From 1994-2003, a fortunate set of young musicians (of which I was part) was granted an ideal musical forum, through seemingly endless bandstand time and a low expectation of public appreciation. Smalls Club Owner Mitchell Borden believed, perhaps naively, in some unknown eventual solution to his financial woes, and adopted the “hang-in-there” approach to his steady bands, offering two, three, even four band slots nightly. Another stroke of luck came to pass: the “local talent” began to show up, and in New York City, this means the people that helped shape the music decades ago. This contingent had weathered the decades of public ignorance with style and confidence, their musicianship surviving exclusively on their own individual drive and spirit, developing and refining all along the way. “Know how I got that sound? I never stopped. NEVER STOPPED." They provided a living link to the glorious, flowering years of jazz, passing on their wisdom as an active oral tradition. I was privileged to play hundreds of nights with drummer Jimmy Lovelace (a former sideman of Wes Montgomery and George Benson), drummer Frank Gant (of Ahmad Jamal and Sonny Stitt’s bands), and Smalls Records artist, legendary pianist Frank Hewitt (who uttered the quote above). I enjoyed meaningful interactions with trumpeter Tommy Turrentine, saxophonist Charles Davis, trombonist and euphonium expert Kiane Ziwadi, and drummer Billy Kaye. Perhaps encouraged by the interest of the younger musicians, or perhaps despite the clamoring of the young mob, these veterans came to play, and they played great.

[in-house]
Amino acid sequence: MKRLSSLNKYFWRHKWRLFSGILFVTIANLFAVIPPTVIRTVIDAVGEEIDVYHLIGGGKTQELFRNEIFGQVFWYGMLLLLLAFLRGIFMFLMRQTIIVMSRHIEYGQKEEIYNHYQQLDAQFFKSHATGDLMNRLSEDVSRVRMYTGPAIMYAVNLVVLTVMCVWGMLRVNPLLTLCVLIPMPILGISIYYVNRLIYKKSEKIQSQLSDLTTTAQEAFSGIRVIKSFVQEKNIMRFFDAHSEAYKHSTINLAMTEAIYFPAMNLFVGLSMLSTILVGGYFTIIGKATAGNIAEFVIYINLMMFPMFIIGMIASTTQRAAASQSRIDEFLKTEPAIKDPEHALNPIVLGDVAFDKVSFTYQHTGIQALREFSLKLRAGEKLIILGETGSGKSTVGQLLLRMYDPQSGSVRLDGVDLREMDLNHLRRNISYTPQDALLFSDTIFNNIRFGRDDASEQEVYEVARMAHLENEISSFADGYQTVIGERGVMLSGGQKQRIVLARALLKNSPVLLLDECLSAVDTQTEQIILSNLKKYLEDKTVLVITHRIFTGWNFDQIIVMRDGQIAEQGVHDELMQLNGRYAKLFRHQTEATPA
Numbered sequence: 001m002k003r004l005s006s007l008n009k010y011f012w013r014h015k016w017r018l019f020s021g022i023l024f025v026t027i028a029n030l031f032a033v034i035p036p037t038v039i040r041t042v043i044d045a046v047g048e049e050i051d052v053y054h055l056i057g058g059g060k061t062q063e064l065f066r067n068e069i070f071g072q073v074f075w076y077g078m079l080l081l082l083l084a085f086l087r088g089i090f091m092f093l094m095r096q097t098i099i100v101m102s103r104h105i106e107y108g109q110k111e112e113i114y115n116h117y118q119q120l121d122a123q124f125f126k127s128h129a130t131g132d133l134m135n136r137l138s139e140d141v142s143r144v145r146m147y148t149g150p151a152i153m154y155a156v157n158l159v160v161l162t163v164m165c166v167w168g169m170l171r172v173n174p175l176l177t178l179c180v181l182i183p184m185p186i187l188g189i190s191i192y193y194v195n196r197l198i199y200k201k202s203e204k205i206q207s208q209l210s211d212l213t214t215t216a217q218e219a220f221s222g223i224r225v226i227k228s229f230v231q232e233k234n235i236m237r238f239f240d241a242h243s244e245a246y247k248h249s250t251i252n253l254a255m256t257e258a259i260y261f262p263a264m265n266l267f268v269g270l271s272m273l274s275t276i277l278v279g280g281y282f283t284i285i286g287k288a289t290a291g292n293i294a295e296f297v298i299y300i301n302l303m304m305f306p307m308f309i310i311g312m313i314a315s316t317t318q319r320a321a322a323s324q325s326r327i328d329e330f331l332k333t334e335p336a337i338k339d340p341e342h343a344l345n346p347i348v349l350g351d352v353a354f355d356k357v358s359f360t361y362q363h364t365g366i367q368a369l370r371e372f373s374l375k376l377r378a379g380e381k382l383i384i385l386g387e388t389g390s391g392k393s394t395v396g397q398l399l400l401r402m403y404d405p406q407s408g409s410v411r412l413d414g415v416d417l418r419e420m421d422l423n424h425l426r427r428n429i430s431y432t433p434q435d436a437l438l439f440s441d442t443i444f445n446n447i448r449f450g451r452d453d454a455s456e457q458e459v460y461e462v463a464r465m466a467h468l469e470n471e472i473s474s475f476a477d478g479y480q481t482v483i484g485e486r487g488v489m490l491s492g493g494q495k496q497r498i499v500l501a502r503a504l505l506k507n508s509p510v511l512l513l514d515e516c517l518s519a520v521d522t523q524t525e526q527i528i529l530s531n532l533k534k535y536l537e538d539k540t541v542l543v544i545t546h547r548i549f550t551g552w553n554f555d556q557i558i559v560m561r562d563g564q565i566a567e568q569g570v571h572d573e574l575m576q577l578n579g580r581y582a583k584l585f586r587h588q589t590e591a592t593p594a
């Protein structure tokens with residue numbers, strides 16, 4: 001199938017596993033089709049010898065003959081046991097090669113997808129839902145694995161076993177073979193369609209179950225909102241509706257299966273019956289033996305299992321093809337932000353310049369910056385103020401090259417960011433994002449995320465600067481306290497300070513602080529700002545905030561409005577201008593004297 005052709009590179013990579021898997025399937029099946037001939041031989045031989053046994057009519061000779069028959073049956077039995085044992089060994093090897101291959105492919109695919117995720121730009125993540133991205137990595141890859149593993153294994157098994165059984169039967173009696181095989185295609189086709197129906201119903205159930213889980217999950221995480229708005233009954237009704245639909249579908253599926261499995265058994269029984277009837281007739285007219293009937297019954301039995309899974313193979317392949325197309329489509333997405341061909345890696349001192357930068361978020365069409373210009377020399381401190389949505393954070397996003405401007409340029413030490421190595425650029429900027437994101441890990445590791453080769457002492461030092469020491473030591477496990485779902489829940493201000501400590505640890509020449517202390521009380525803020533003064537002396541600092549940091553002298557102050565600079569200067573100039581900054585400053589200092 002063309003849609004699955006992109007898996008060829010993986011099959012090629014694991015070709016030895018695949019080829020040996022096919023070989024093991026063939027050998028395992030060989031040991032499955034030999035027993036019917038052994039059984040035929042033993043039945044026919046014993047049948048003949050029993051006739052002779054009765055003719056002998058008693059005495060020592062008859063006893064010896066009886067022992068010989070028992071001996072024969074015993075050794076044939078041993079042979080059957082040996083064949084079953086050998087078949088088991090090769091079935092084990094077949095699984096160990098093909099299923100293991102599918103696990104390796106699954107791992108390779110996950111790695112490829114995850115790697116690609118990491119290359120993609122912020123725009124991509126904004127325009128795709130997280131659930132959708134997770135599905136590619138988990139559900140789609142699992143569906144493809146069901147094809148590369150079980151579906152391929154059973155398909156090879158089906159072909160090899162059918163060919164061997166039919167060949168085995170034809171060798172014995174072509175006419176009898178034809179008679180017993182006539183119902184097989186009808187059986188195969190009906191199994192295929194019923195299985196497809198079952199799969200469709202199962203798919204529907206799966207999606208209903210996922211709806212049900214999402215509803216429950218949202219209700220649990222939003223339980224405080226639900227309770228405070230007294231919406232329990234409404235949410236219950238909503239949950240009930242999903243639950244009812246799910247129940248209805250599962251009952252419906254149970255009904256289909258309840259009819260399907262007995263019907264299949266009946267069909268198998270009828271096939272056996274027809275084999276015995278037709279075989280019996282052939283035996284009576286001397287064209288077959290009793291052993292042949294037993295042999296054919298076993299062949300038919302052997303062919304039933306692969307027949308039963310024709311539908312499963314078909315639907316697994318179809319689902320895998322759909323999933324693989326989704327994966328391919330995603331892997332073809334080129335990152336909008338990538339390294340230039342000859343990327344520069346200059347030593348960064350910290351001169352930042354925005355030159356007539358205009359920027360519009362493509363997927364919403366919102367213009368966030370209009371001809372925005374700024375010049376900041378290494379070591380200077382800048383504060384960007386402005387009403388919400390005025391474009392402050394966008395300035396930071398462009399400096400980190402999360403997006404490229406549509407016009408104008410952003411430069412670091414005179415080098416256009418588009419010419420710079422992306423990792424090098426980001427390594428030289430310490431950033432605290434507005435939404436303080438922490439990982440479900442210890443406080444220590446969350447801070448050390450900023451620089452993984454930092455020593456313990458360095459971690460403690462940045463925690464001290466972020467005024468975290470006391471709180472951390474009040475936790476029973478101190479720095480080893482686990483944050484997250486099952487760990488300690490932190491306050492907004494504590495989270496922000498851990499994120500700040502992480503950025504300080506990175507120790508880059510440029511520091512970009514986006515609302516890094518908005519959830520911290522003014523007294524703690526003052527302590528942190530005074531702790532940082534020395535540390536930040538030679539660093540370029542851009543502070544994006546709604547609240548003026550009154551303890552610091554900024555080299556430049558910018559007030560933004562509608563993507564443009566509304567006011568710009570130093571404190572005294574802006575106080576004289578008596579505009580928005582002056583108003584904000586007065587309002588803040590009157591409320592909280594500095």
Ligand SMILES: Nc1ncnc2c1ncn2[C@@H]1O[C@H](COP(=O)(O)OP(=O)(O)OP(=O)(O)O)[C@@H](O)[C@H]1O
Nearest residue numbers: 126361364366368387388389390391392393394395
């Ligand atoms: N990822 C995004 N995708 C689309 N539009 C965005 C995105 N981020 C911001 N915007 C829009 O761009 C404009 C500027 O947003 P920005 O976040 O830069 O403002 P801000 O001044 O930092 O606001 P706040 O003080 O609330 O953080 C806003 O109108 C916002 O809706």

The music heard on this recording was created, re-created, honed, showcased, and eventually, largely discarded with the close of the club in 2003. Since then, Smalls has re-opened, but for me, it’s an epilogue; the daily jam sessions until 7:00 a.m. don’t happen anymore, and if they did, I couldn’t do them – I have two small children at home. Now, in my mid-thirties, I am touring frequently, teaching, recording, writing a book, working as a Finale copyist, and arranging for the likes of John Pizzarelli, Jr., Amy London and Jerry Dodgion. I organize annual multi-night performance tributes to great musicians such as Lucky Thompson and Jimmy Cleveland. I’m playing Gigi Gryce’s music with Across 7 Street at the school where he taught under his secret identity in the 1970s. Together with Ari Roland, Sacha Perry and veteran drummer Leroy Williams, I’m representing the United States on an upcoming State Department tour of Central Asia, performing and educating. I enjoy a periodic night or weekend at Smalls as a leader or sideman, but it’s not like the earlier years. Jimmy Lovelace and Frank Hewitt are both gone now, two of the most talented musicians and most delightfully quirky personalities I will ever encounter. They were taken suddenly, and too soon; but they are with me always.